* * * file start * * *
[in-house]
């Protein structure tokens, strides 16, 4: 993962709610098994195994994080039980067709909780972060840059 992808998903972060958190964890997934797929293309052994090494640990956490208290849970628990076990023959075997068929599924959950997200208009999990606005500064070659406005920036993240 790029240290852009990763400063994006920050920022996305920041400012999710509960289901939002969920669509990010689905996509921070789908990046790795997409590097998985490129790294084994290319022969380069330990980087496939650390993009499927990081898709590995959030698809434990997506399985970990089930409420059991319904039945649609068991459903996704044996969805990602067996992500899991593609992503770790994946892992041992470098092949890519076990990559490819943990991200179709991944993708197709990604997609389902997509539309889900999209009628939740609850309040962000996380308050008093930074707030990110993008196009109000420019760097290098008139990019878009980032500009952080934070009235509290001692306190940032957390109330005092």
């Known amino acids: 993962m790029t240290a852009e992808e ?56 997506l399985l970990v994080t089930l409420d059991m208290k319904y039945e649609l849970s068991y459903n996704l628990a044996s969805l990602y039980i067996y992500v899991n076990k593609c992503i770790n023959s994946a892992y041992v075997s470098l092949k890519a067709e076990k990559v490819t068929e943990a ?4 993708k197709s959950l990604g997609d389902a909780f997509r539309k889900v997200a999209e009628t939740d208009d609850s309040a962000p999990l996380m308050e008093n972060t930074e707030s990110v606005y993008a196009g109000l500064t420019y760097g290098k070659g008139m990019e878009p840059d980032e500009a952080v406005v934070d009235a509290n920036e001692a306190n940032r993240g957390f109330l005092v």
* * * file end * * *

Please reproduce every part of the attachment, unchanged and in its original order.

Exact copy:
[in-house]
């Protein structure tokens, strides 16, 4: 993962709610098994195994994080039980067709909780972060840059 992808998903972060958190964890997934797929293309052994090494640990956490208290849970628990076990023959075997068929599924959950997200208009999990606005500064070659406005920036993240 790029240290852009990763400063994006920050920022996305920041400012999710509960289901939002969920669509990010689905996509921070789908990046790795997409590097998985490129790294084994290319022969380069330990980087496939650390993009499927990081898709590995959030698809434990997506399985970990089930409420059991319904039945649609068991459903996704044996969805990602067996992500899991593609992503770790994946892992041992470098092949890519076990990559490819943990991200179709991944993708197709990604997609389902997509539309889900999209009628939740609850309040962000996380308050008093930074707030990110993008196009109000420019760097290098008139990019878009980032500009952080934070009235509290001692306190940032957390109330005092």
């Known amino acids: 993962m790029t240290a852009e992808e ?56 997506l399985l970990v994080t089930l409420d059991m208290k319904y039945e649609l849970s068991y459903n996704l628990a044996s969805l990602y039980i067996y992500v899991n076990k593609c992503i770790n023959s994946a892992y041992v075997s470098l092949k890519a067709e076990k990559v490819t068929e943990a ?4 993708k197709s959950l990604g997609d389902a909780f997509r539309k889900v997200a999209e009628t939740d208009d609850s309040a962000p999990l996380m308050e008093n972060t930074e707030s990110v606005y993008a196009g109000l500064t420019y760097g290098k070659g008139m990019e878009p840059d980032e500009a952080v406005v934070d009235a509290n920036e001692a306190n940032r993240g957390f109330l005092v």